Ninja (忍者) is one of the famous images that represent Japan. They are known to many as agents who specialized in espionage and infiltration during the olden days of Japan. So much so that it is even portrayed in popular culture in the West like in Teenage Mutant Ninja Turtles, the G.I. Joe series, and more. Recently, there is news about a ninja shortage in Japan. What is going on? Let’s learn more about the purpose of ninja in the olden days and today!
Those who practice Ninjutsu (忍術) or ninpo (忍法) are commonly known as shinobi or ninja, with the latter being a newer term. The term “ninja,” pronounced as “ninsha” at that time, was coined during the Taisho (大正) era. The 15th century was when the term “shinobi” appeared.
At that time, two villages began training ninja. They are from the Iga (伊賀) Province, which is now part of the modern Mie Prefecture (三重県), and the adjacent region of Koka (甲賀), which was later known as Koga, located in Shiga Prefecture (滋賀県). They later became the two most famous ninja clans known as the Iga Clan and the Koga Clan, respectively.
The villages, which were remote and inaccessible because of the surrounding mountains and nature, played a role in the ninja’s secretive development. Admired for their professionalism, many daimyo began hiring ninja actively between 1485 and 1581. Throughout the Sengoku Period (戦国時代), from 1467 to 1603, they were embroiled in many political battles of which they were hired for.
With the last mention of the ninja being that of the Shimabara Rebellion (島原の乱; 1637 to 1638), today, they are viewed as some sort of cultural gimmick and myth. But believe it or not, there are still ninja schools in Japan.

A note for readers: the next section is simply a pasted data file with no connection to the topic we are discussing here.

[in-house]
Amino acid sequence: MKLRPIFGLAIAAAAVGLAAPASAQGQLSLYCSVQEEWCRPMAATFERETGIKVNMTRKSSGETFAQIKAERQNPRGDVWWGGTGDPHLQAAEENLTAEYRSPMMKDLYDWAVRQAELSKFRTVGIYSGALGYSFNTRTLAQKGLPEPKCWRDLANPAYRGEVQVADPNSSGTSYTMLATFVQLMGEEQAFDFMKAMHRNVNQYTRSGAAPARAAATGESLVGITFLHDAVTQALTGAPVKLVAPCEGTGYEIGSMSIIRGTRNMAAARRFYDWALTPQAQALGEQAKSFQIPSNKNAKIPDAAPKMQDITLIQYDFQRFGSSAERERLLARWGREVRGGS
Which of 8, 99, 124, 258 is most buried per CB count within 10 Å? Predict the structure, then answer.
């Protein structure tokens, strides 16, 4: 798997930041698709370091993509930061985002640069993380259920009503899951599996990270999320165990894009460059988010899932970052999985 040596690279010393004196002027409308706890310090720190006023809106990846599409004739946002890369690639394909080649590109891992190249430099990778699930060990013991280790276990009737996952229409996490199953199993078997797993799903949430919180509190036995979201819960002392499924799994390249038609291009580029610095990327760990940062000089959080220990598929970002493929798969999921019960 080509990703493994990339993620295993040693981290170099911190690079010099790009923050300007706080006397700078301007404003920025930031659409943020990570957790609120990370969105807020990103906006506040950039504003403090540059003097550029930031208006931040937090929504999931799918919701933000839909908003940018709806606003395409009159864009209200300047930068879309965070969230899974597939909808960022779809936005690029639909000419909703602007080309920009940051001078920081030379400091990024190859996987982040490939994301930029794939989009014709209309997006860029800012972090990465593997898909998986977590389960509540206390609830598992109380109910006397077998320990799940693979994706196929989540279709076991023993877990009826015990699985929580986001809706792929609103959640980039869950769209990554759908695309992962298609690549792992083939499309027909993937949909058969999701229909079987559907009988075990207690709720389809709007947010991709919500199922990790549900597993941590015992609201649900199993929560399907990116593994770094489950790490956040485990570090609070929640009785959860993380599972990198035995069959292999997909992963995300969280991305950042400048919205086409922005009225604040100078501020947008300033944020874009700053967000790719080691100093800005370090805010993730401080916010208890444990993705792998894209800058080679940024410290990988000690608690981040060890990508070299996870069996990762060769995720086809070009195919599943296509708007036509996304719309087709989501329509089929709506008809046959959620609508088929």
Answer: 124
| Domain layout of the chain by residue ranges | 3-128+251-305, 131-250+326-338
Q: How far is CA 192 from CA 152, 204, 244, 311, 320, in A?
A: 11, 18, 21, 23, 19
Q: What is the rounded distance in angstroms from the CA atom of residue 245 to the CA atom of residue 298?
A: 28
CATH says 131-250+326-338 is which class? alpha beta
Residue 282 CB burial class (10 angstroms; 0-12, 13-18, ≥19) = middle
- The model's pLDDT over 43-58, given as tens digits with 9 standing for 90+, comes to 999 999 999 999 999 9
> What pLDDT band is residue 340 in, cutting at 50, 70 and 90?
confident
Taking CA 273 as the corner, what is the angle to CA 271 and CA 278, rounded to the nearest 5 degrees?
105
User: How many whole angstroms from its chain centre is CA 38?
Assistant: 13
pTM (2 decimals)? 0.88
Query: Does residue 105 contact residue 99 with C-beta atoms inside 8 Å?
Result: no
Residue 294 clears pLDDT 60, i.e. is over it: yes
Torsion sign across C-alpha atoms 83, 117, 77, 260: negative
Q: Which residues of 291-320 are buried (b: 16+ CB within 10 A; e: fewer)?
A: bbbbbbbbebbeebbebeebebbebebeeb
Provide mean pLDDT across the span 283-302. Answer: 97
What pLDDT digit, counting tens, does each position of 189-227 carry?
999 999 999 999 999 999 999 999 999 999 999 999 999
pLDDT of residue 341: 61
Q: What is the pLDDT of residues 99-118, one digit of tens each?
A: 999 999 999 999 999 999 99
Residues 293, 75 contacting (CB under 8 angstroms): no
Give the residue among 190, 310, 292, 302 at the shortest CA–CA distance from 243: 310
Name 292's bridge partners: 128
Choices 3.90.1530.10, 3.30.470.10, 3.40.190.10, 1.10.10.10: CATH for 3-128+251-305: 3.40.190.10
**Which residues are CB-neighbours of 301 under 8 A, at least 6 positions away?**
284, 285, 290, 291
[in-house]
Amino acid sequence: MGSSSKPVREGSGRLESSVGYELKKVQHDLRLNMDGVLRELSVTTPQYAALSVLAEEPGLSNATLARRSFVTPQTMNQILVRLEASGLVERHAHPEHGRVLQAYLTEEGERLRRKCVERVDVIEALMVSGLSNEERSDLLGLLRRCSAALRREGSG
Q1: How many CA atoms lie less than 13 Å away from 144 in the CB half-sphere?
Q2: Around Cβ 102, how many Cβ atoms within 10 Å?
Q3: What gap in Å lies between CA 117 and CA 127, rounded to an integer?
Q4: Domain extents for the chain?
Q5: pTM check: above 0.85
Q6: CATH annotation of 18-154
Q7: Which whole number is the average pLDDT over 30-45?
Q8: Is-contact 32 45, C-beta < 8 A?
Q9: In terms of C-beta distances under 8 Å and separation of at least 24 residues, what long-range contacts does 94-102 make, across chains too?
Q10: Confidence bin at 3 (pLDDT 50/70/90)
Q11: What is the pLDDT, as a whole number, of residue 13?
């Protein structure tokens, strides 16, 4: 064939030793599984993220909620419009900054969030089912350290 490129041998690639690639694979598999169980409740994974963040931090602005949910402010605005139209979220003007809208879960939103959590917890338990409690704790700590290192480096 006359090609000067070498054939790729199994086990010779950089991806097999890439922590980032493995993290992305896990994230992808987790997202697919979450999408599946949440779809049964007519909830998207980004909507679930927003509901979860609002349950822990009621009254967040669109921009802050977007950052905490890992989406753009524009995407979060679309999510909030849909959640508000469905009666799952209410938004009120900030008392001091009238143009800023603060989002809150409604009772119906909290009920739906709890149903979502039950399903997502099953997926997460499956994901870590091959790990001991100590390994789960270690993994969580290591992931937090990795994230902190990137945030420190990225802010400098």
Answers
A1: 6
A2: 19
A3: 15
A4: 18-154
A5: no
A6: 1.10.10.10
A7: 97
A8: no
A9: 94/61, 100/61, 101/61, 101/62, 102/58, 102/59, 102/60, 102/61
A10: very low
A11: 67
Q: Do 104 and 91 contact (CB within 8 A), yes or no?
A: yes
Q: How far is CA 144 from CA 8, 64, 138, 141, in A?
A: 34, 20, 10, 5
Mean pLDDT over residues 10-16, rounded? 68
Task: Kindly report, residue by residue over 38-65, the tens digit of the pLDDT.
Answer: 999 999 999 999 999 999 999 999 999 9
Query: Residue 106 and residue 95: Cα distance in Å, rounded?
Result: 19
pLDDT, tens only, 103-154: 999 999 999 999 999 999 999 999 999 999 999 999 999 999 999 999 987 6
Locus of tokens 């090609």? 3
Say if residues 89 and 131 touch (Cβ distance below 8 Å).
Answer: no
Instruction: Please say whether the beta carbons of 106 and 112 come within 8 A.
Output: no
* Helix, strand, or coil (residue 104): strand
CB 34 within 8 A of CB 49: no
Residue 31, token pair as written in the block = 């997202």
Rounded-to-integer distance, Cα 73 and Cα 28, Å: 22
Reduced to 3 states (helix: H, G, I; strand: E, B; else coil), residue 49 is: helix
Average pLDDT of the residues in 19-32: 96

One of the earliest modern schools to be established was the Bujinkan Organization (武神館) in 1978 by martial artist Hatsumi Masaaki (初見良昭) from the Togakure-ryu (戸隠流), which was founded during the Oho (応保) period (1161 to 1162). Several other schools began to develop since then.
With that, the ninja legacy continues. However, today, the purpose of ninja lies heavily on tourism rather than martial arts. When interviewed about the ninja shortage in Japan, Aoki Takatsugu (青木孝嗣), manager for the Tokugawa Ieyasu and Hattori Hanzo Ninja Squad (徳川家康と服部半蔵忍者隊), told the Asahi Shimbun, “With the number of foreign tourists visiting Japan on the increase, the value of ninja as tourism content has increased.” With many ninja theme parks in Japan and its growing popularity among foreigners especially, experts are needed to perform “ninja shows.”
Many applicants who came to apply for the job have a lack of the basic skills needed, which include being trained in unarmed combat, acrobatics, concealment, and first aid, while also being able to use throwing stars and fight with swords.
According to Chris O’Neill, a 29-year-old American who joined the ninja squad which was employed by the government of Aichi (愛知) to promote tourism throughout the prefecture, successful applicants were required to work six days a week and received a monthly wage of roughly 22,000 yen.
The Tokugawa Ieyasu and Hattori Hanzo Ninja Squad has seen a major drop in applicants since 2016, from 230 applications (including foreigners) down to only 22 applications in 2017 despite the Japanese language no longer being required. Aoki Takatsugu believes that competition is to be blamed partially.
If you like ninja tricks, have what it takes, and would love to be a ninja, quick and send in your resume! Japan needs you. If you don’t have what it takes yet, then look for a ninja school and start your training now! (Though, this is not necessary as long as you fulfill the basic skills required by the ninja squad.) And fret not, for walking on water like Naruto isn’t part of the job description!